We utilized 454 technology for sequencing and combined with Fosmid library of the Gossypium hirsutum mt genome screening and positive clones sequencing and conducted a series of evolutionary analysis on Cycas taitungensis and 24 angiosperms mt genomes. After data assembling and contigs joining, the complete mitochondrial genome sequence of G. hirsutum was obtained. The completed G.hirsutum mt genome is 621,884 bp in length, and contained 68 genes, including 35 protein genes, four rRNA genes and 29 tRNA genes. Five gene clusters are found conserved in all plant mt genomes; one and four clusters are specifically conserved in monocots and dicots, respectively. Homologous sequences are distributed along the plant mt genomes and species closely related share the most homologous sequences. For species that have both mt and chloroplast genome sequences available, we checked the location of cp-like migration and found several fragments closely linked with mitochondrial genes.
Conclusion
The G. hirsutum mt genome possesses most of the common characters of higher plant mt genomes. The existence of syntenic gene clusters, as well as the conservation of some intergenic sequences and genic content among the plant mt genomes suggest that evolution of mt genomes is consistent with plant taxonomy but independent among different species.
doi:10.1371/journal.pone.0069476
PMCID: PMC3734230  PMID: 23940520
13.  Insight into the specific virulence related genes and toxin-antitoxin virulent pathogenicity islands in swine streptococcosis pathogen Streptococcus equi ssp. zooepidemicus strain ATCC35246 
BMC Genomics  2013;14:377.
Background
Streptococcus equi ssp. zooepidemicus (S. zooepidemicus) is an important pathogen causing swine streptococcosis in China. Pathogenicity islands (PAIs) of S. zooepidemicus have been transferred among bacteria through horizontal gene transfer (HGT) and play important roles in the adaptation and increased virulence of S. zooepidemicus. The present study used comparative genomics to examine the different pathogenicities of S. zooepidemicus.
Results
Genome of S. zooepidemicus ATCC35246 (Sz35246) comprises 2,167,264-bp of a single circular chromosome, with a GC content of 41.65%. Comparative genome analysis of Sz35246, S. zooepidemicus MGCS10565 (Sz10565), Streptococcus equi. ssp. equi. 4047 (Se4047) and S. zooepidemicus H70 (Sz70) identified 320 Sz35246-specific genes, clustered into three toxin-antitoxin (TA) systems PAIs and one restriction modification system (RM system) PAI. These four acquired PAIs encode proteins that may contribute to the overall pathogenic capacity and fitness of this bacterium to adapt to different hosts. Analysis of the in vivo and in vitro transcriptomes of this bacterium revealed differentially expressed PAI genes and non-PAI genes, suggesting that Sz35246 possess mechanisms for infecting animals and adapting to a wide range of host environments. Analysis of the genome identified potential Sz35246 virulence genes. Genes of the Fim III operon were presumed to be involved in breaking the host-restriction of Sz35246.
Conclusion
Genome wide comparisons of Sz35246 with three other strains and transcriptome analysis revealed novel genes related to bacterial virulence and breaking the host-restriction. Four specific PAIs, which were judged to have been transferred into Sz35246 genome through HGT, were identified for the first time. Further analysis of the TA and RM systems in the PAIs will improve our understanding of the pathogenicity of this bacterium and could lead to the development of diagnostics and vaccines.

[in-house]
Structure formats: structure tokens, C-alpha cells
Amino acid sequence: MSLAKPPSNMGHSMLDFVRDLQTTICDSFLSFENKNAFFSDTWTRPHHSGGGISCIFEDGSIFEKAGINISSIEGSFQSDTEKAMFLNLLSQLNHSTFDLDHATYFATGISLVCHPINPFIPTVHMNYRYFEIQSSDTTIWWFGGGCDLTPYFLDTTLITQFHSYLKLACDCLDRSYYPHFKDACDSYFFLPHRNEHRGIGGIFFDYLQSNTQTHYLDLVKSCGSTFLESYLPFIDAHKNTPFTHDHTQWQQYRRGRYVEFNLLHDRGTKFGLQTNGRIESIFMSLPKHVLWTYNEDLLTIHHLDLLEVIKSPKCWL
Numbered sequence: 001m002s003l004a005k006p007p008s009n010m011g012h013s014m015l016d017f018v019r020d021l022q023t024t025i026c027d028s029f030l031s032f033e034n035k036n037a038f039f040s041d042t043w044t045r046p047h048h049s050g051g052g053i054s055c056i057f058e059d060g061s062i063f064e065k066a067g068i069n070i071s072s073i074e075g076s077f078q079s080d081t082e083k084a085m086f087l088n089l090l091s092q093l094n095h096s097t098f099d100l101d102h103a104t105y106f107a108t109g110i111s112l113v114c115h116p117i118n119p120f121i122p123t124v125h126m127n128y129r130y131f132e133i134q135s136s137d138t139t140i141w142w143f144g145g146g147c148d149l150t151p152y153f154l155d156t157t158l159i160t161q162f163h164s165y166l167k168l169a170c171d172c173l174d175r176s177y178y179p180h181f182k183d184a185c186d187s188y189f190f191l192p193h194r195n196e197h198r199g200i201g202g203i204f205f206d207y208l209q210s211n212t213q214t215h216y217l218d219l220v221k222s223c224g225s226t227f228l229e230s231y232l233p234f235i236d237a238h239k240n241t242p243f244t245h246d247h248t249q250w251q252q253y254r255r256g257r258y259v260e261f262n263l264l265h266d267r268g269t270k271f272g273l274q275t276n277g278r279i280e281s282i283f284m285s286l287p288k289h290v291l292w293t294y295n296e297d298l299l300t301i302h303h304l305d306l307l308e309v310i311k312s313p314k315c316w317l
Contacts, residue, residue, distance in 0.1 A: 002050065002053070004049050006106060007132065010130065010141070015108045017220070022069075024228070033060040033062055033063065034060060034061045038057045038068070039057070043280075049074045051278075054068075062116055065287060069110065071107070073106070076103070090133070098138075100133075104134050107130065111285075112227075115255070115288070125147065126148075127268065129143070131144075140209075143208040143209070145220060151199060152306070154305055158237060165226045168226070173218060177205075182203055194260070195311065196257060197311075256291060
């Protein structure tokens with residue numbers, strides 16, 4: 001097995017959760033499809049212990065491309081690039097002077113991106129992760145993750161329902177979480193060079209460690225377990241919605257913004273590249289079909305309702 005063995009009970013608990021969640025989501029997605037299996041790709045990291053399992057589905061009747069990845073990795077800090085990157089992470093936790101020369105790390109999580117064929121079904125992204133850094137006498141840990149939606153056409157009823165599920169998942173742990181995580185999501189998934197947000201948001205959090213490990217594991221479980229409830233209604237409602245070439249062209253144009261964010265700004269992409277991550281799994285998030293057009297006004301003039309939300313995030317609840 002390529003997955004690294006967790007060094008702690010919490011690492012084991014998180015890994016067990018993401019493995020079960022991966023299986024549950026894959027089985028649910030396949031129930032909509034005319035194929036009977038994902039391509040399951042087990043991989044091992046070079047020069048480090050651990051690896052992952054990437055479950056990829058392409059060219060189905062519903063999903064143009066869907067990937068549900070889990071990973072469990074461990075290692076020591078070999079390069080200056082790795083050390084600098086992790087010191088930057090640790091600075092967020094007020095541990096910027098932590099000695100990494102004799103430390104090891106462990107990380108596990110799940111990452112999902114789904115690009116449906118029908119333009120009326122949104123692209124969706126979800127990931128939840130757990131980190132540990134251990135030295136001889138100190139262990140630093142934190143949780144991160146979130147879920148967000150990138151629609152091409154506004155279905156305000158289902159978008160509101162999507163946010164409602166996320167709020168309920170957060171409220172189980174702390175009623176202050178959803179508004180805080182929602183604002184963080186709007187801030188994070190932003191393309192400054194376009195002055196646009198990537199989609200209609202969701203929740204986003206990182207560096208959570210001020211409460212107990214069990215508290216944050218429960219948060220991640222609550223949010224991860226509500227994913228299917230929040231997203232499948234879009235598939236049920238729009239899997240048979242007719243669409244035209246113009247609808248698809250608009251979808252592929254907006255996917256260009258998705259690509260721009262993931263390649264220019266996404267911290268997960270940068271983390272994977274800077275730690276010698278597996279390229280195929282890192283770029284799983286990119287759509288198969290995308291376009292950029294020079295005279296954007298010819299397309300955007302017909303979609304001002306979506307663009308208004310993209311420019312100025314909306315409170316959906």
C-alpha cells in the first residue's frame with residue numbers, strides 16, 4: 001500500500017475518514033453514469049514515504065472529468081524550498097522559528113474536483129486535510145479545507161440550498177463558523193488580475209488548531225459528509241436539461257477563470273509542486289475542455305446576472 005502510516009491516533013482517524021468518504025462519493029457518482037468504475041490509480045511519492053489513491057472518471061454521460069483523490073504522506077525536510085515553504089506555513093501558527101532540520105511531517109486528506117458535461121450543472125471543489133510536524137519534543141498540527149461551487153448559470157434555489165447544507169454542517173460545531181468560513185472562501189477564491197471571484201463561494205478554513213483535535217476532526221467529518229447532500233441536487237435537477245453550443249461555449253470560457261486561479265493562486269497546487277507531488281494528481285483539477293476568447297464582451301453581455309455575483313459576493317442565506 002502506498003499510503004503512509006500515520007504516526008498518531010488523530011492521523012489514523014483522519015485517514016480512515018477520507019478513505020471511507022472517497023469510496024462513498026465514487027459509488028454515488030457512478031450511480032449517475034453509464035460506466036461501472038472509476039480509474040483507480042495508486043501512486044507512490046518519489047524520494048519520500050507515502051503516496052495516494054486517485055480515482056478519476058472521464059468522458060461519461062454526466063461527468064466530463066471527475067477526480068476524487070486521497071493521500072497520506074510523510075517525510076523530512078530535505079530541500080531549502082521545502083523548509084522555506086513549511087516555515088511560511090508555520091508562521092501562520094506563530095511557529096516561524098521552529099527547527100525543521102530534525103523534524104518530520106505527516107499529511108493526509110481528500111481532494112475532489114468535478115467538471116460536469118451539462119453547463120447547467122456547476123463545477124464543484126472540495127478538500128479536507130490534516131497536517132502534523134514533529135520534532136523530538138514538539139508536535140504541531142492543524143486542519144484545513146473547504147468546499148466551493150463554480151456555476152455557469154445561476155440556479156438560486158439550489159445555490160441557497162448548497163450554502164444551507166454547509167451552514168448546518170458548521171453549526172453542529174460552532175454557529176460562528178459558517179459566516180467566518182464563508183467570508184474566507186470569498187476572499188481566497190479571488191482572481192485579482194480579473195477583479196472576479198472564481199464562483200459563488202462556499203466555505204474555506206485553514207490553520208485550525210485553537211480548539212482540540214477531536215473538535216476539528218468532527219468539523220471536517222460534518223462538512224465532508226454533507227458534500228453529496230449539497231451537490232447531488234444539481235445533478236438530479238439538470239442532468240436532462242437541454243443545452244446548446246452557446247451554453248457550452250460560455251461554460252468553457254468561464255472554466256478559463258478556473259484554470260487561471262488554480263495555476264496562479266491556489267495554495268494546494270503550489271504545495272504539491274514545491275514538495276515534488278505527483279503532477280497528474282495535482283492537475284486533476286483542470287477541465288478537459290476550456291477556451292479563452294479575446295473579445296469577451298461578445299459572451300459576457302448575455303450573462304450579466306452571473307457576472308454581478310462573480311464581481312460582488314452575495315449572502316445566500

doi:10.1186/1471-2164-14-377
PMCID: PMC3750634  PMID: 23742619
14.  Mining genes involved in the stratification of Paris Polyphylla seeds using high-throughput embryo Transcriptome sequencing 
BMC Genomics  2013;14:358.
Background
Paris polyphylla var. yunnanensis is an important medicinal plant. Seed dormancy is one of the main factors restricting artificial cultivation. The molecular mechanisms of seed dormancy remain unclear, and little genomic or transcriptome data are available for this plant.
Results
In this study, massive parallel pyrosequencing on the Roche 454-GS FLX Titanium platform was used to generate a substantial sequence dataset for the P. polyphylla embryo. 369,496 high quality reads were obtained, ranging from 50 to 1146 bp, with a mean of 219 bp. These reads were assembled into 47,768 unigenes, which included 16,069 contigs and 31,699 singletons. Using BLASTX searches of public databases, 15,757 (32.3%) unique transcripts were identified. Gene Ontology and Cluster of Orthologous Groups of proteins annotations revealed that these transcripts were broadly representative of the P. polyphylla embryo transcriptome. The Kyoto Encyclopedia of Genes and Genomes assigned 5961 of the unique sequences to specific metabolic pathways. Relative expression levels analysis showed that eleven phytohormone-related genes and five other genes have different expression patterns in the embryo and endosperm in the seed stratification process.
Conclusions
Gene annotation and quantitative RT-PCR expression analysis identified 464 transcripts that may be involved in phytohormone catabolism and biosynthesis, hormone signal, seed dormancy, seed maturation, cell wall growth and circadian rhythms. In particular, the relative expression analysis of sixteen genes (CYP707A, NCED, GA20ox2, GA20ox3, ABI2, PP2C, ARP3, ARP7, IAAH, IAAS, BRRK, DRM, ELF1, ELF2, SFR6, and SUS) in embryo and endosperm and at two temperatures indicated that these related genes may be candidates for clarifying the molecular basis of seed dormancy in P. polyphlla var. yunnanensis.
doi:10.1186/1471-2164-14-358
PMCID: PMC3679829  PMID: 23718911
Embryo; Stratification; Seed dormancy; High-throughput sequencing; Paris polyphylla
15.  Detection and genotyping of restriction fragment associated polymorphisms in polyploid crops with a pseudo-reference sequence: a case study in allotetraploid Brassica napus 
BMC Genomics  2013;14:346.
Background
The presence of homoeologous sequences and absence of a reference genome sequence make discovery and genotyping of single nucleotide polymorphisms (SNPs) more challenging in polyploid crops.
Results